Category Archives: Osiander

The path of humiliation

The way of humiliation

No human affirmation needed

No human discouragement nurtured

Listen to one voice only

Welcoming being overlooked

Serve with joy

Innocence with motives

Honour Gods anointed representatives

Divine motives – for his own purposes

Human motives – the unfair treatment

Do what you are able to do

Greater sanctification is my aim, not greater usefulness

If you will follow my direction I will ensure you are encouraged. Do it for me.

The bread is first – to show brokenness

The wine comes second – to bring healing

All I can see is my failure. God is greater than my failure

Am I prepared for the testing that trains me to run with horses?

He has lifted me from the ash heap

Teach me to hear the voice of Jesus in the mess of the church

Under the robe

Book 3 Chapter 11 Section 1-23

ThisĀ chapter begins seven chapters on the topic of justification by faith. The first thing Calvin does is to define his terms (would we expect anything else by now?). He begins by explaining the meaning of the expression to be justified in the sight of God. Calvin states that “a man is said to be justified in the sight of God when in the judgement of God he is deemed righteous, and is accepted on account of his righteousness.” The key question then becomes how can this happen? Well, there are two possible ways, and two only, either by faith or by works.

Regarding the latter, he describes a man who is justified by works “if in his life there can be found a purity and holiness which merits an attestation of righteousness at the throne of God.” On the contrary, a man will be justified by faith “when, excluded from righteousness of works, he by faith lays hold of the righteousness of Christ, and clothed in it appears in the sight of God not as a sinner, but as righteous.”

Calvin quickly moves to refute a popular heresy of the time called “essential righteousness“. This teaching is ascribed to a man called Osiander and sounds very similar to the orthodox position, but differs in one important aspect. If we put Calvin and Osiander side-by-side and compare their different answers we can see the subtle distortion that Osiander has introduced into the doctrine of justification by faith:


  • Define: To be justified – Answer: being reconciled to God by the imputation of Christ’s righteousness
  • Define: To be made just of ourselves – Answer: not yet, but one day, when we are transformed by Christ (1 John 3.2 & 1 Corinthians 15.51-53)

Osiander (essential righteousness):

  • Define: To be made just of ourselves – Answer: at the point of regeneration by the infused essence of Christ
  • Define: To be justified – Answer: being reconciled to God by the infused essence within usĀ – God justifies not only by pardoning but by regenerating.

Osiander is claiming that we are justified because we receive an infusion of the divine essence that makes us worthy of God’s love and forgiveness – we are justified because of who we are rather than who Christ is. For, he claims “it would be insulting of God, and contrary to His nature, to justify those who still remain wicked.” But this is the wonder of grace, it is that we were, are and will remain sinners for the rest of our earthly lives, sheltering under the wings of a pure, spotless Saviour until He finally transforms our character.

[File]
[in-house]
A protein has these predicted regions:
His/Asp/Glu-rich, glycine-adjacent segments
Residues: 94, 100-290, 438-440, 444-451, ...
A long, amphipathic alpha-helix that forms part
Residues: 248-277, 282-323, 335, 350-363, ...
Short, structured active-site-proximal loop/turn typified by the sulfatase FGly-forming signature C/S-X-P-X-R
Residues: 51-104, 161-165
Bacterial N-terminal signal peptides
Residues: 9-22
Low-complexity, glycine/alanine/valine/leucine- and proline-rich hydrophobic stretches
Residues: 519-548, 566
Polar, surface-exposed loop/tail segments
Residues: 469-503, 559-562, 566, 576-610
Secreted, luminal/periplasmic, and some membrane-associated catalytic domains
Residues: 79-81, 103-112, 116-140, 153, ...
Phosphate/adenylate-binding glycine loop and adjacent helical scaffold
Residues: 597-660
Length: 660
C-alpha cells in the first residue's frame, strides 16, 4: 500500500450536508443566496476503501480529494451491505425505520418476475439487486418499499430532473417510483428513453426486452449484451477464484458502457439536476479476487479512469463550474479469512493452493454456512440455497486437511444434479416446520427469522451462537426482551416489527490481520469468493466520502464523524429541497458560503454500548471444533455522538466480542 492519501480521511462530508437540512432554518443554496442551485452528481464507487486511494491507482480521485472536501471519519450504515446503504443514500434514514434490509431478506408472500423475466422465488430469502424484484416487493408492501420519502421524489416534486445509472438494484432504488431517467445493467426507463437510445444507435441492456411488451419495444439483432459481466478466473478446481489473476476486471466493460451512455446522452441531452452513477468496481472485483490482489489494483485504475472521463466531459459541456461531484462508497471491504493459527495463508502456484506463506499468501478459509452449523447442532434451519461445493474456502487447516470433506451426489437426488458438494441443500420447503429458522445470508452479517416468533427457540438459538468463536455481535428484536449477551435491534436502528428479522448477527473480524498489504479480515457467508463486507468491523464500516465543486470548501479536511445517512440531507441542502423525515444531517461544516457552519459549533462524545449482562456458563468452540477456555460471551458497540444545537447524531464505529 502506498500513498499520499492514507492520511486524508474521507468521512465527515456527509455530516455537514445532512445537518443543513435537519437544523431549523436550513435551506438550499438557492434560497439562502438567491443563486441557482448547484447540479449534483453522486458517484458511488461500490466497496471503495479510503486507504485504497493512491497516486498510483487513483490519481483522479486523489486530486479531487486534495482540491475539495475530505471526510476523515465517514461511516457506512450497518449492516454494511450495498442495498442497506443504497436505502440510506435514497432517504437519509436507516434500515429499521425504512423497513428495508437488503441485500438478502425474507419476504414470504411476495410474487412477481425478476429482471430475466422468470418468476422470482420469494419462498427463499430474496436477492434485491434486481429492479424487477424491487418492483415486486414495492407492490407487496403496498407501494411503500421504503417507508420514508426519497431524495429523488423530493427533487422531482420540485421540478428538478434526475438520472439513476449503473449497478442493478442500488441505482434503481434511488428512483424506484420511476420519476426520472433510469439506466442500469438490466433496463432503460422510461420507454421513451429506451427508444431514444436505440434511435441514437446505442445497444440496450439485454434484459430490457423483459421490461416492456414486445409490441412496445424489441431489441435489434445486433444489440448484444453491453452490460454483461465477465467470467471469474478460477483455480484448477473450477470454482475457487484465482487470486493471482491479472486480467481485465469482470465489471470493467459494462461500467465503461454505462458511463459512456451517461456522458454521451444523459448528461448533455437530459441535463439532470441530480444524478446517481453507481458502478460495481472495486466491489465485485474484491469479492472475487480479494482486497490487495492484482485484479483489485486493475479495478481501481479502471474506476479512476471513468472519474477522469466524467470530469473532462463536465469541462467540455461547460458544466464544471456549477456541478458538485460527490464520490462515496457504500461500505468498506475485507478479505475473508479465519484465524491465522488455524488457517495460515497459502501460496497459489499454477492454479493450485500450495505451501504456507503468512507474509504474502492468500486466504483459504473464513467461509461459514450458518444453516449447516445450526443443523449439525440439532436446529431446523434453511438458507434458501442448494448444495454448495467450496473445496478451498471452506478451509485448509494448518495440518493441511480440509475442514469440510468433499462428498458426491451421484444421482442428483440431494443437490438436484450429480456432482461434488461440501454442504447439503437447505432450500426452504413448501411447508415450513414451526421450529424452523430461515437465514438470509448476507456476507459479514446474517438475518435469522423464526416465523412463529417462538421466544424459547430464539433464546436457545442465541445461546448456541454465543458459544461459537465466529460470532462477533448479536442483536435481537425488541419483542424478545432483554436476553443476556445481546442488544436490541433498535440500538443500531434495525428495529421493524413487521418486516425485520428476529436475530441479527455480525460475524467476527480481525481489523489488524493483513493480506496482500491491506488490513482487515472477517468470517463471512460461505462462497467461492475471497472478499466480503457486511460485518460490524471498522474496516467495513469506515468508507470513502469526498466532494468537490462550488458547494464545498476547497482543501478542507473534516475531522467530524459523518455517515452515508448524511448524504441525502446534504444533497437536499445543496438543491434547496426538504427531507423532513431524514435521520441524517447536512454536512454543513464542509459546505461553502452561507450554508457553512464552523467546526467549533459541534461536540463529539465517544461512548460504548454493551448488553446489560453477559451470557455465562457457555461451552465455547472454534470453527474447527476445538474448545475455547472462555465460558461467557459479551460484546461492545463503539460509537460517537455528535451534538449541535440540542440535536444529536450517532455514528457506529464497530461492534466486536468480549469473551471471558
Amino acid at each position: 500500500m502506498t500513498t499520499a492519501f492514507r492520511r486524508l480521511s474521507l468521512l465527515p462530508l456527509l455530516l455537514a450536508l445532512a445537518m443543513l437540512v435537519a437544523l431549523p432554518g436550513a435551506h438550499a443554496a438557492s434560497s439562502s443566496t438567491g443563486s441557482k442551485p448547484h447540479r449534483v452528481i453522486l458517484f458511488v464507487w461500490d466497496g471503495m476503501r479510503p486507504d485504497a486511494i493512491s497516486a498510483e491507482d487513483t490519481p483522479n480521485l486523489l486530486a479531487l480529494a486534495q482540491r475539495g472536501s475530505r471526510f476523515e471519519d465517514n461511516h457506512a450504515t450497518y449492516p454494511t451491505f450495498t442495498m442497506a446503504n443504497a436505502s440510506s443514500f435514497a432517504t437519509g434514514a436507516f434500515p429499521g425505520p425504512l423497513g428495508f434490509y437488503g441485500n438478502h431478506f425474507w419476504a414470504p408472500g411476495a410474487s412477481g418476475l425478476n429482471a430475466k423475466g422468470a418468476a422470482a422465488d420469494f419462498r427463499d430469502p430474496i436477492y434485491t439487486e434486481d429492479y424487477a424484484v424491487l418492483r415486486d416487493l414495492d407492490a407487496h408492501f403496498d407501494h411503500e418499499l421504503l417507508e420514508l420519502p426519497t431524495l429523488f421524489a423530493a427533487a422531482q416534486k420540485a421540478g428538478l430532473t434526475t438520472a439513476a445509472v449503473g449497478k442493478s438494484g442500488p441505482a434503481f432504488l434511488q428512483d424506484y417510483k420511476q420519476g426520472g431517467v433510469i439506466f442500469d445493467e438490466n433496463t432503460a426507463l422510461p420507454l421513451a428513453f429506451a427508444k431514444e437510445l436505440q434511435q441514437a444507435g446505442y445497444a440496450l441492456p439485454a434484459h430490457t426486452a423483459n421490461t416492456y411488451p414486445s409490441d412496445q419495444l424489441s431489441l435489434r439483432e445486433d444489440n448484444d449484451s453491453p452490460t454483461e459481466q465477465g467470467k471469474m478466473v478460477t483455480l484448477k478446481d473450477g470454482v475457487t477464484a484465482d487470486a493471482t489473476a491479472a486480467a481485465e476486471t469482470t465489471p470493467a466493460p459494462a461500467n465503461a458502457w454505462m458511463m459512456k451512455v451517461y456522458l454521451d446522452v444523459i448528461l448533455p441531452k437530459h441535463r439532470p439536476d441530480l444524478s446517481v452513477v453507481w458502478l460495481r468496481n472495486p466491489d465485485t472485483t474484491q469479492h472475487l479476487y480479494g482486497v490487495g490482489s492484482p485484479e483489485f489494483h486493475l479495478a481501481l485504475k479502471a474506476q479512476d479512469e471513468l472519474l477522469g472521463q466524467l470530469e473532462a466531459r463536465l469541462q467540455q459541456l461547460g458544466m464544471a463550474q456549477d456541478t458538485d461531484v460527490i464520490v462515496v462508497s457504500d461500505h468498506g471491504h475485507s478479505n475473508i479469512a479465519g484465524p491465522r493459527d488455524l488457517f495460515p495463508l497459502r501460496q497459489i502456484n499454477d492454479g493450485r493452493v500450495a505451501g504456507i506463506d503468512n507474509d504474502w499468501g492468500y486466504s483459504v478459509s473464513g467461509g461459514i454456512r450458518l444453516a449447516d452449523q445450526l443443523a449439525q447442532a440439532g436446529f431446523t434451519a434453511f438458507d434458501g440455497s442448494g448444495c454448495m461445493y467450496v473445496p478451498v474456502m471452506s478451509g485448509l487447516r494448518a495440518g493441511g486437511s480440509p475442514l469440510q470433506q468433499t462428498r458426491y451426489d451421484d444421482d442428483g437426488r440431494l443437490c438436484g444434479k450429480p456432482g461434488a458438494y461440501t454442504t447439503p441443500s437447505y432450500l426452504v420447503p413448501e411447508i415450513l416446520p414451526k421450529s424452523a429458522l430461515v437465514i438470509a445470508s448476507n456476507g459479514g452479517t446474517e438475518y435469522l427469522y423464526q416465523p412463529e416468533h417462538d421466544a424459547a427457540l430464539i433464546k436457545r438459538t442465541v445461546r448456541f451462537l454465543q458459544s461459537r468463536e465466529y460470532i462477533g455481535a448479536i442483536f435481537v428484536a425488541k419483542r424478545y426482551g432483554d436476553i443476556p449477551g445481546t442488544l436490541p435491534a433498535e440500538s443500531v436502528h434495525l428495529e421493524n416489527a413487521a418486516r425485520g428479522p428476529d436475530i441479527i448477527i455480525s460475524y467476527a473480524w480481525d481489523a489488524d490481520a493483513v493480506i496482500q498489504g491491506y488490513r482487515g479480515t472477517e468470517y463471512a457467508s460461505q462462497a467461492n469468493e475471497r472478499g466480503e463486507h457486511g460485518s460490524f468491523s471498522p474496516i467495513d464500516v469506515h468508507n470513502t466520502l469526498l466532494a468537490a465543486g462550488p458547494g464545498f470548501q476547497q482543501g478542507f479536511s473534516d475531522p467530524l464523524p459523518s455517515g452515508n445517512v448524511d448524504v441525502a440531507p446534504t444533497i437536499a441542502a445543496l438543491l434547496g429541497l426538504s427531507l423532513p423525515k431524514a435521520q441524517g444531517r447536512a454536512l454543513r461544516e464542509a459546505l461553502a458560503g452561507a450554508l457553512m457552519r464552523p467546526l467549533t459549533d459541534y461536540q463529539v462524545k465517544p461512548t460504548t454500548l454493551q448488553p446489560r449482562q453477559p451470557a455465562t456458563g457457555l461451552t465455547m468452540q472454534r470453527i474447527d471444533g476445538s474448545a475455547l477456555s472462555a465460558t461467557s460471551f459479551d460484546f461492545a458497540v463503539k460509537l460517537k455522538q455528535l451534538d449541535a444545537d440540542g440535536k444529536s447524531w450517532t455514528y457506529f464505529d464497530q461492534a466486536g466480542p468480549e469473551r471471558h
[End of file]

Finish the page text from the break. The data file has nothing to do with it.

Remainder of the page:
Calvin quotes from Ambrose regarding Jacob stealing Esau’s birthright to illustrate the nature of justification by faith. He says that “he who did not merit the birthright in himself personated his brother, put on his garments, which gave forth a most pleasant ordour, and thus introduced himself to his father that he might receive a blessing to his own advantage, though under the person of another, so we conceal ourselves under* the precious purity of Christ, our first-born brother, that we may obtain an attestation of righteousness from the presence of God.”


The footnote from this last quotation (*) states that the French here literally means “under the robe” – a beautiful description of our position before God, sheltering under the robe of Christ. Although we have a new nature within us and the presence of the Holy Spirit, our natures are not changed to become totally sinless and thus deserving of God’s approval. No, we are only justified because we hide under the robe of Christ, we take refuge from the wrath that our wickedness accumulates by sheltering under the protection of our Saviour. It is His righteousness that saves us from first to last. We are still full of sin even after our hearts have been regenerated, but praise God that we can hide under the shadow of the Son of Man’s wings until that day when we will finally become like Him.

“Dear friends, now we are the children of God, and what we will be has not yet been made known. But we know that when he appears, we shall be like him, for we shall see him as he is. Everyone who has this hope in him purifies himself.” 1 John 3.2+3